Turning 95 today if measured by the date of its broadcast, November 14, the British Broadcasting Corporation is the oldest national broadcasting organisation, and the largest in terms of employees, in the world. Even in the era of the proliferation of news channels on television, the Beeb, as it’s fondly called in the UK, is a trusted name in most corners of the world, a goal towards which it started working from its inception in 1922.
Of course, life began as a radio service. The British Broadcasting Company, as the BBC was originally called, was formed on October 18, 1922, by a group of wireless manufacturers in London. It ran its first-ever radio broadcast from 2LO, a famous London studio, on November 14 that year.
The first words uttered on air by a BBC announcer at 5.33 PM on November 14, 1922 – the man who had that honour was Arthur Burrows – as the video above reveals, were: “2LO, Marconi House, London, calling.” as you can hear in the video above. A song titled 2LO Calling and “a snapshot of those airwaves” were broadcast on all BBC radio stations to commemorate their 90th anniversary.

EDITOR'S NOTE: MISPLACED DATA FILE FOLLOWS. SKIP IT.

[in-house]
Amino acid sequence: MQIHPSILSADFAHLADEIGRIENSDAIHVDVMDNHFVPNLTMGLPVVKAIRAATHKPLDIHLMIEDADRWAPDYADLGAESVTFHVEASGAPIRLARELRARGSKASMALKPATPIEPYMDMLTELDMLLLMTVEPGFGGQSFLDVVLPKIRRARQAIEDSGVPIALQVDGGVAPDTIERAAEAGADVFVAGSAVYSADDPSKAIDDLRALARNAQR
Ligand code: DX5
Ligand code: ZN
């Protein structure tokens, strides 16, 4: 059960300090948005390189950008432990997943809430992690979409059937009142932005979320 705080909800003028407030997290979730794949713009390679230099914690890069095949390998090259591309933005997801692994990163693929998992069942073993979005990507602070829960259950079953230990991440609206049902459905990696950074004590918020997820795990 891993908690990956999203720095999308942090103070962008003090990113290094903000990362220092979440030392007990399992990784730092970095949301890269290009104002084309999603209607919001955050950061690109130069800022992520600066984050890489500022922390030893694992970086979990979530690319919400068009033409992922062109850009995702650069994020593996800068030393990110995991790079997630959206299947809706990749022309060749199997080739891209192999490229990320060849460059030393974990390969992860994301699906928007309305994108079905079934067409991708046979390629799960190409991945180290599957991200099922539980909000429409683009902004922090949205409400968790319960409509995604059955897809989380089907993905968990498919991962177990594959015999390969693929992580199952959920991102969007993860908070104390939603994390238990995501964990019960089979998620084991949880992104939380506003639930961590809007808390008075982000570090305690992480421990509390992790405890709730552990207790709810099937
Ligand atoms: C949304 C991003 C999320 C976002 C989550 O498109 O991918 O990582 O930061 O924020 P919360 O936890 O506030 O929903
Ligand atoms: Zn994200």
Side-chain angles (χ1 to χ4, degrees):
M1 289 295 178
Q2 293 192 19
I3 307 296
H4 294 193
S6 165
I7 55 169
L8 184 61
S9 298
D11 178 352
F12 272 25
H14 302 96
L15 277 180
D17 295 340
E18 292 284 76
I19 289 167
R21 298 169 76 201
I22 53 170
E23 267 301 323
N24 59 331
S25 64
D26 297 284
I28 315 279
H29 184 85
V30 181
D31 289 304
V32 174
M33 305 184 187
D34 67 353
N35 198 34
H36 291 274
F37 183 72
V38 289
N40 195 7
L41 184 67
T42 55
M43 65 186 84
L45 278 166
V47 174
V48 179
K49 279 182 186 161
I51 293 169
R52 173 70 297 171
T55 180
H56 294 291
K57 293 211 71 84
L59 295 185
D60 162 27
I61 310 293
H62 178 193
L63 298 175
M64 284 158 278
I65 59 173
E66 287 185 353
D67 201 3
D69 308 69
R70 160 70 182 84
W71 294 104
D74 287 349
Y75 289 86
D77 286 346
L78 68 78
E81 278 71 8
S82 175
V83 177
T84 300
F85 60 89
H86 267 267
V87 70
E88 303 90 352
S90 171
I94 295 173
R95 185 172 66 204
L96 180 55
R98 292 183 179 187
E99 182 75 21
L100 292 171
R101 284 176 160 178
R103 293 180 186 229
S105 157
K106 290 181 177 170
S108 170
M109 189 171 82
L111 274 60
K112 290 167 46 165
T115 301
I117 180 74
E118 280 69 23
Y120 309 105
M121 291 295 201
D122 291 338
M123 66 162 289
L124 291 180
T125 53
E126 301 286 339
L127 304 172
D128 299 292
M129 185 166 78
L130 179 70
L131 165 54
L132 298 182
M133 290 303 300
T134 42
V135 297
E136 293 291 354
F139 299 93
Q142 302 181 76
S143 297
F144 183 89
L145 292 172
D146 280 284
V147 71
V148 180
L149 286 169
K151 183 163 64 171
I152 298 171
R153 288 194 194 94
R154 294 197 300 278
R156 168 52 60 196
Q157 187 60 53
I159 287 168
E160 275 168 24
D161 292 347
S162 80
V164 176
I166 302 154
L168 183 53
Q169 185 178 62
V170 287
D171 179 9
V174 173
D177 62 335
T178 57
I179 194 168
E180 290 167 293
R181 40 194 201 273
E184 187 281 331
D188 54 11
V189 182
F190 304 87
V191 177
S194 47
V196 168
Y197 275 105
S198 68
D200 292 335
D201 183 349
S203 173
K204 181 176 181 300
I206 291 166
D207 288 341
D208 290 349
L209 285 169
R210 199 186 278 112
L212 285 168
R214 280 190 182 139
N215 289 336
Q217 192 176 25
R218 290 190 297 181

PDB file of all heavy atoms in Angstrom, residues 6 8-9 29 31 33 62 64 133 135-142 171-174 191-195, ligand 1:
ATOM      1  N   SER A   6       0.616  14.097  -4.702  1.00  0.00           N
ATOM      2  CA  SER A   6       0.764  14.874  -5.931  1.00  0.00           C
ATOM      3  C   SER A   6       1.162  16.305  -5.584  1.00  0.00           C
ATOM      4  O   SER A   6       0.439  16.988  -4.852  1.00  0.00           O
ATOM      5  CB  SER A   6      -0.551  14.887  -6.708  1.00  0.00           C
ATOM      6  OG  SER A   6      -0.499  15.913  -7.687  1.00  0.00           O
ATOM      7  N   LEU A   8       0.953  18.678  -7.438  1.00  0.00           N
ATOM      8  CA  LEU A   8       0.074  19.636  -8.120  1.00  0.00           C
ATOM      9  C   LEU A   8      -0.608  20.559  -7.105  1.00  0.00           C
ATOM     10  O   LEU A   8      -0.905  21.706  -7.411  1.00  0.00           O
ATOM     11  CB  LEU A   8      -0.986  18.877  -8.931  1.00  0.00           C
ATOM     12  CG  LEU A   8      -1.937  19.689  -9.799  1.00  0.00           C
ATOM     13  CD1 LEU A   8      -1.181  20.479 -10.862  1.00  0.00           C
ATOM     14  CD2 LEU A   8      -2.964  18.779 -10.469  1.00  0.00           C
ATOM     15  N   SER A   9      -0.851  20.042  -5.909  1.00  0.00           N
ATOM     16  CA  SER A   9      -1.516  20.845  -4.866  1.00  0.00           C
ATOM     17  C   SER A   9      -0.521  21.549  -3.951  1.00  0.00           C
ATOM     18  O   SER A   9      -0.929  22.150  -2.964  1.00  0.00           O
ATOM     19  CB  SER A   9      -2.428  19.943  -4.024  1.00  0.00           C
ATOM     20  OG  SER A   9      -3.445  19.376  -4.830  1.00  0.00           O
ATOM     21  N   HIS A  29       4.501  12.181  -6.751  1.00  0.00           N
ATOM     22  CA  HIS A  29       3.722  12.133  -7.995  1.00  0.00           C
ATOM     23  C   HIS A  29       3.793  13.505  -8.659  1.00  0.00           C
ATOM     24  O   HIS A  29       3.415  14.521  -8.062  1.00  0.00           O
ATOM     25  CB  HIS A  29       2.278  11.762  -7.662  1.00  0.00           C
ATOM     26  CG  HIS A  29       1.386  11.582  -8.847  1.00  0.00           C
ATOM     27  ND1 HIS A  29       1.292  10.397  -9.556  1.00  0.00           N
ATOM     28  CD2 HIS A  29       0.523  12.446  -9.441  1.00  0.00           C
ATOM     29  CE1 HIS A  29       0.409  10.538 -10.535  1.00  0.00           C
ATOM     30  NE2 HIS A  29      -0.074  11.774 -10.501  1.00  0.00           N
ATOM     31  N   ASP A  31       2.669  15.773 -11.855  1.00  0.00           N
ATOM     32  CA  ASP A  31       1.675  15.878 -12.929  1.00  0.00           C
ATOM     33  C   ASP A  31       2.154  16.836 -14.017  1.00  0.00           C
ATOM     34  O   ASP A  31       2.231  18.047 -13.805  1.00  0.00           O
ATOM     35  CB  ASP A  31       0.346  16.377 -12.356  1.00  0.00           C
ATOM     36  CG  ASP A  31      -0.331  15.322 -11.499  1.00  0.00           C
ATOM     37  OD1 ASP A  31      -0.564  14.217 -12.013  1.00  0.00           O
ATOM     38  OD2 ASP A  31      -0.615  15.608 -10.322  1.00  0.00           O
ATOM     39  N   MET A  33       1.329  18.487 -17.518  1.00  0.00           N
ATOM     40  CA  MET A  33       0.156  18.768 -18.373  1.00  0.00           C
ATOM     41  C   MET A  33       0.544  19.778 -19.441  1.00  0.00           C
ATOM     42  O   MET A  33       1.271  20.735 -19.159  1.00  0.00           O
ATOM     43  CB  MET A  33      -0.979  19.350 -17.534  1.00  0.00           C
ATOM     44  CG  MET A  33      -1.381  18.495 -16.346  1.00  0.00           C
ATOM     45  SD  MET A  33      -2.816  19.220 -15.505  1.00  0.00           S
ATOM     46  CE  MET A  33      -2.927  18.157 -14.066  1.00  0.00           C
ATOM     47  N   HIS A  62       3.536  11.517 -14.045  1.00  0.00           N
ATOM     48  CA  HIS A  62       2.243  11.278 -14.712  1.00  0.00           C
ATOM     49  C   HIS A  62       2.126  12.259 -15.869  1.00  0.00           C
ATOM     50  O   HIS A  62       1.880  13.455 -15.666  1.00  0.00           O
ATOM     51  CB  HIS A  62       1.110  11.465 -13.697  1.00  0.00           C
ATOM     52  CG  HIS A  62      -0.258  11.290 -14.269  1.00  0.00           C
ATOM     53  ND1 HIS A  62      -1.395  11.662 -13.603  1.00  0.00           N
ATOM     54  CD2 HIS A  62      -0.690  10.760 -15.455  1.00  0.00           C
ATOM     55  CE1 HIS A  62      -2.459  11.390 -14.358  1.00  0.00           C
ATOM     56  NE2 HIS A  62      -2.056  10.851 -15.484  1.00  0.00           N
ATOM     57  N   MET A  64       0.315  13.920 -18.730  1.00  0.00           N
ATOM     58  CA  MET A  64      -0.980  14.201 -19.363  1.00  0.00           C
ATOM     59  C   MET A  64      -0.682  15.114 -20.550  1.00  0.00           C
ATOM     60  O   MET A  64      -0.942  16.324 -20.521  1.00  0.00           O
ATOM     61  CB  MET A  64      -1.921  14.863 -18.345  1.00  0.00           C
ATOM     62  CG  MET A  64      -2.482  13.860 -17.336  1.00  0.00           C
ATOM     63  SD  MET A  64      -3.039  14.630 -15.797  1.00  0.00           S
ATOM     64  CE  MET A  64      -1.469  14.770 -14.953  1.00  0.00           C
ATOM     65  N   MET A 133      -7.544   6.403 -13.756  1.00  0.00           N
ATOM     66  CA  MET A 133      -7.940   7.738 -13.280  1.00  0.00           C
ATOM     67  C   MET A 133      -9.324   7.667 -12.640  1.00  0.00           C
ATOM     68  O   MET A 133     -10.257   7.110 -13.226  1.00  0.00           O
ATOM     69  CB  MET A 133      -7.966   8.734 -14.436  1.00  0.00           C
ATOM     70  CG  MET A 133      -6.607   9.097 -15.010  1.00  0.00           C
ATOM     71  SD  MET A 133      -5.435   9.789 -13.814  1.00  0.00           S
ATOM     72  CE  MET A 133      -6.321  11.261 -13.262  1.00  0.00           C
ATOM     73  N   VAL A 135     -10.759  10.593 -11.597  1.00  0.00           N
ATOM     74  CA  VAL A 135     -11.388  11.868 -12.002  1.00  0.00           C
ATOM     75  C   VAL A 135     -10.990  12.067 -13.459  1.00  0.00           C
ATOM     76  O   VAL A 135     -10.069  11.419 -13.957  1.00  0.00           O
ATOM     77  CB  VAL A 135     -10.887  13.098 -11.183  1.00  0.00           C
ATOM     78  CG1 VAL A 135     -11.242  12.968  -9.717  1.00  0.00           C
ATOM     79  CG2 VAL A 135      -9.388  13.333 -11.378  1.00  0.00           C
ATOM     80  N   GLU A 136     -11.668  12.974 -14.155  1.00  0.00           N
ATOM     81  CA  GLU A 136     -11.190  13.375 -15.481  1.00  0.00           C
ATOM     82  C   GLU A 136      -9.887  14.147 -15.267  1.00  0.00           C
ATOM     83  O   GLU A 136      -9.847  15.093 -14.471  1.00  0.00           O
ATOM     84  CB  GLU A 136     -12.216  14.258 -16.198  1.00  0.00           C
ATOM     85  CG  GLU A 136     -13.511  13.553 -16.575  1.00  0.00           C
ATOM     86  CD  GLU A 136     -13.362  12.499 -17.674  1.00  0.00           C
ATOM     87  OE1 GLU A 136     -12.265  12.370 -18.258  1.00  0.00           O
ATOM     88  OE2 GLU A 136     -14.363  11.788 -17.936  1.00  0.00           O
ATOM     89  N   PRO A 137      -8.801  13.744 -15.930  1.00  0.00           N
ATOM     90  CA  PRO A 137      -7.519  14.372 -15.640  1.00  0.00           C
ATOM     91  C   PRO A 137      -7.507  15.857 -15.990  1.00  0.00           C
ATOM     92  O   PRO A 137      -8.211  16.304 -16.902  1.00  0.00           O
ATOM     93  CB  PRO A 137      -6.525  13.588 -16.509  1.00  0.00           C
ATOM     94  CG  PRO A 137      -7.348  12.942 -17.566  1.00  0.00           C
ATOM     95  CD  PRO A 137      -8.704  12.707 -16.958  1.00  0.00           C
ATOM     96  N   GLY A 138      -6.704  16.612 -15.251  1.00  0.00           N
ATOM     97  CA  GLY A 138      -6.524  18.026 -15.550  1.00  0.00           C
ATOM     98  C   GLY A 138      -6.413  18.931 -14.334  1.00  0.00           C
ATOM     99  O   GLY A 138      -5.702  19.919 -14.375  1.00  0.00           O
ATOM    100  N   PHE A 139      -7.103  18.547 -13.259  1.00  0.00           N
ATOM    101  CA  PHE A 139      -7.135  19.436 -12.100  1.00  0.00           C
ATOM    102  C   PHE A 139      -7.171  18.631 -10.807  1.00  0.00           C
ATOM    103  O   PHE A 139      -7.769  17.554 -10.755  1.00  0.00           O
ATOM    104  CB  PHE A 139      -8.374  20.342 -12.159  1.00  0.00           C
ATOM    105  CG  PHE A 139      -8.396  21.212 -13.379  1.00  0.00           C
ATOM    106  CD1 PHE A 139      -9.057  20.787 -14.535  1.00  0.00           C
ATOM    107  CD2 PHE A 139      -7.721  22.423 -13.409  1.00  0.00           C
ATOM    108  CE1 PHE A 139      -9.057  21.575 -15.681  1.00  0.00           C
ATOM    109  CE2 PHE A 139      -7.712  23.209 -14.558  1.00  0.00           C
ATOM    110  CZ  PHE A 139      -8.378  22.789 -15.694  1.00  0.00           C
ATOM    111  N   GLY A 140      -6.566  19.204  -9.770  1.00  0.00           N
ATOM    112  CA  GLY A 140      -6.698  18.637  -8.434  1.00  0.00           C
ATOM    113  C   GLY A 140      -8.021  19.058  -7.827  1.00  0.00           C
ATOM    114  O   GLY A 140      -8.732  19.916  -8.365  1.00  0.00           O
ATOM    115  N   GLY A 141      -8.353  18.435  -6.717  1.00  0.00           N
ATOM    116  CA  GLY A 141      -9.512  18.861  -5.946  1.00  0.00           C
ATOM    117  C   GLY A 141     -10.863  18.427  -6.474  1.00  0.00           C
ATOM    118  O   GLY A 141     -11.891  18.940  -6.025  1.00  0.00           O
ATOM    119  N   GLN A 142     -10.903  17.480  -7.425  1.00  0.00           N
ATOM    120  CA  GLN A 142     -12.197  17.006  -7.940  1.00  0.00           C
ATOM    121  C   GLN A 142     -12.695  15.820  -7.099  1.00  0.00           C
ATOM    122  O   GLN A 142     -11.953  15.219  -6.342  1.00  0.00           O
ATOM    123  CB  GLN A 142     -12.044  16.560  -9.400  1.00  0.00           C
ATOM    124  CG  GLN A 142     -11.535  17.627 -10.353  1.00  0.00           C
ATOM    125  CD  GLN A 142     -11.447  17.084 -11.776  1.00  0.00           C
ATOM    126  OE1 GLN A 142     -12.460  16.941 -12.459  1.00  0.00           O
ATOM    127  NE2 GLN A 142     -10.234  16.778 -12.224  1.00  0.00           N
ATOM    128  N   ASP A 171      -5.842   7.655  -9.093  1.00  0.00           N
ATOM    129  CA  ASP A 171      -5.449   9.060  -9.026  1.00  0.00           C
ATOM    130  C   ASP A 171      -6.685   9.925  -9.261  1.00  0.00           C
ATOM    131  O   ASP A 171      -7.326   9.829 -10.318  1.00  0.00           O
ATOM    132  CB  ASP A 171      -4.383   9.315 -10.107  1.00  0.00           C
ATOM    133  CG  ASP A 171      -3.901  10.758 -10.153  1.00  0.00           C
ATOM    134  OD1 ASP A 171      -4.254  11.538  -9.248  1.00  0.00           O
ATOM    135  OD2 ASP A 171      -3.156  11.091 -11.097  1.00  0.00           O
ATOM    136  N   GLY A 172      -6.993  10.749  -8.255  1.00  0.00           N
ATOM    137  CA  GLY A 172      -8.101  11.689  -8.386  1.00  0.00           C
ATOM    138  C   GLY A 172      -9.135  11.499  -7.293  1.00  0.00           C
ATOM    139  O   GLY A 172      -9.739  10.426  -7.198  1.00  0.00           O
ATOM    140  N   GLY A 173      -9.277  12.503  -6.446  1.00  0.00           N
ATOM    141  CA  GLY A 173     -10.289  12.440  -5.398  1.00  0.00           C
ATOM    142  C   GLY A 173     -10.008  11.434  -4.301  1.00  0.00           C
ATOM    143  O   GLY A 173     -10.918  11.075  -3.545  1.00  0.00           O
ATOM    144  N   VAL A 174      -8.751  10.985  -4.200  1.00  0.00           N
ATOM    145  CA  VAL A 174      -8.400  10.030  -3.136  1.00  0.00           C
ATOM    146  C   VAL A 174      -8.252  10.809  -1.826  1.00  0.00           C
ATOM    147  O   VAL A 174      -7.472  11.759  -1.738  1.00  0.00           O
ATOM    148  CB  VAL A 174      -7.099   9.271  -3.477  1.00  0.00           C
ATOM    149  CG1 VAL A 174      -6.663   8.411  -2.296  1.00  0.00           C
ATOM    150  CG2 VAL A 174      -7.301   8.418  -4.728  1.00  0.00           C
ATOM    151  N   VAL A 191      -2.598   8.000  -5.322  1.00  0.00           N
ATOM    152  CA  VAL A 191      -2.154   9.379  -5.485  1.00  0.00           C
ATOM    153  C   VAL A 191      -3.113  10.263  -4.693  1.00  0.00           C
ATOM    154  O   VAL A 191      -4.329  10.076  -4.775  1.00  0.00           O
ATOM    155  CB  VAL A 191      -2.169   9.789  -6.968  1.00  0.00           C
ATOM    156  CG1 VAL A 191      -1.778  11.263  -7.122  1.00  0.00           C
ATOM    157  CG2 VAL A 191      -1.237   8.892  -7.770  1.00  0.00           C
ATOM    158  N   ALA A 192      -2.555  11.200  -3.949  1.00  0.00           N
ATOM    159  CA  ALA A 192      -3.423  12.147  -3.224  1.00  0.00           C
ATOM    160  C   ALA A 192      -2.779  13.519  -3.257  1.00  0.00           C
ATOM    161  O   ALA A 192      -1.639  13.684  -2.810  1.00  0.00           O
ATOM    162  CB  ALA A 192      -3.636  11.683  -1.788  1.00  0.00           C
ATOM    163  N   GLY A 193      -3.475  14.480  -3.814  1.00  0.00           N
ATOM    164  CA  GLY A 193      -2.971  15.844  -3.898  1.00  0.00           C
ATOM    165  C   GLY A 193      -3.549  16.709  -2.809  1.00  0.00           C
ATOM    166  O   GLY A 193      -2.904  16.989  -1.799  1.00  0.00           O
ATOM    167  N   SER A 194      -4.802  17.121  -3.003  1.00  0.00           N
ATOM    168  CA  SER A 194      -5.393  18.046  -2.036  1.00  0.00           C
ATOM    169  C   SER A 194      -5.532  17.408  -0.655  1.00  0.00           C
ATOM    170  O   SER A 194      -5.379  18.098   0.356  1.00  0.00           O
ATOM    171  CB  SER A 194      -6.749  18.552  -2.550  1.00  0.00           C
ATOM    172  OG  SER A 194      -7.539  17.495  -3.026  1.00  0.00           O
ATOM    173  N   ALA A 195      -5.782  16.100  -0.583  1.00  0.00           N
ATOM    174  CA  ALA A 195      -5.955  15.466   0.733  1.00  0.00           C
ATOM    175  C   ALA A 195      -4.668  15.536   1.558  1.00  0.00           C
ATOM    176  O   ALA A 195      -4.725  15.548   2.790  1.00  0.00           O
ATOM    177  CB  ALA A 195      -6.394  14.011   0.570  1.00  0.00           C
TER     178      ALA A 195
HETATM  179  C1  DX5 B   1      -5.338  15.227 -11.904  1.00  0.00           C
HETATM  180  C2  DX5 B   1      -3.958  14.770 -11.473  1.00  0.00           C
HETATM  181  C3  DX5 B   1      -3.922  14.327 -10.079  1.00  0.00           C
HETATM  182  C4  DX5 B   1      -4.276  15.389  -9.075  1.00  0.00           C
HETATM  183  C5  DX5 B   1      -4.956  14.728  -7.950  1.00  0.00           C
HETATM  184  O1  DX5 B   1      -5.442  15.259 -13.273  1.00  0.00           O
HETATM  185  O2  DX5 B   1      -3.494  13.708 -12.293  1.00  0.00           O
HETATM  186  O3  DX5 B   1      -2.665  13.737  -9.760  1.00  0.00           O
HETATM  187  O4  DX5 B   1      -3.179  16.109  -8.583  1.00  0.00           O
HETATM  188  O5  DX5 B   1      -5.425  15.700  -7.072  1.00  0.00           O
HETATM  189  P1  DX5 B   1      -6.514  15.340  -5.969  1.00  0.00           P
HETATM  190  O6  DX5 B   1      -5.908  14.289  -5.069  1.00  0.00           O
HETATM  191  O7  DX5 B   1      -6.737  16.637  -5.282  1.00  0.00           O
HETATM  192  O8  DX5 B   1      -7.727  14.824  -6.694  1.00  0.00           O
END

In the 1920s, the BBC grew manifold, introducing The Radio Times, the world’s first broadcast listing magazine and the legendary “pips” which even now mark the precise start of every hour on BBC Radio. You can hear some excerpts from their 1920s radio shows below:
By 1929, John Logie Baird had started to experiment with television broadcasting, which he tried out using BBC frequencies in London. The television was born in the 1930s, though it was nothing like the high-definition television we know today. The broadcast was severely undefined, though it got much better by the time BBC began, for the first time, a regularly scheduled “high-definition” TV service in 1936. You can watch some of the first programme below, and get an idea of what TV looked like in the 1930s as well:
This was also the time the BBC made its first live television broadcast from outside the studio: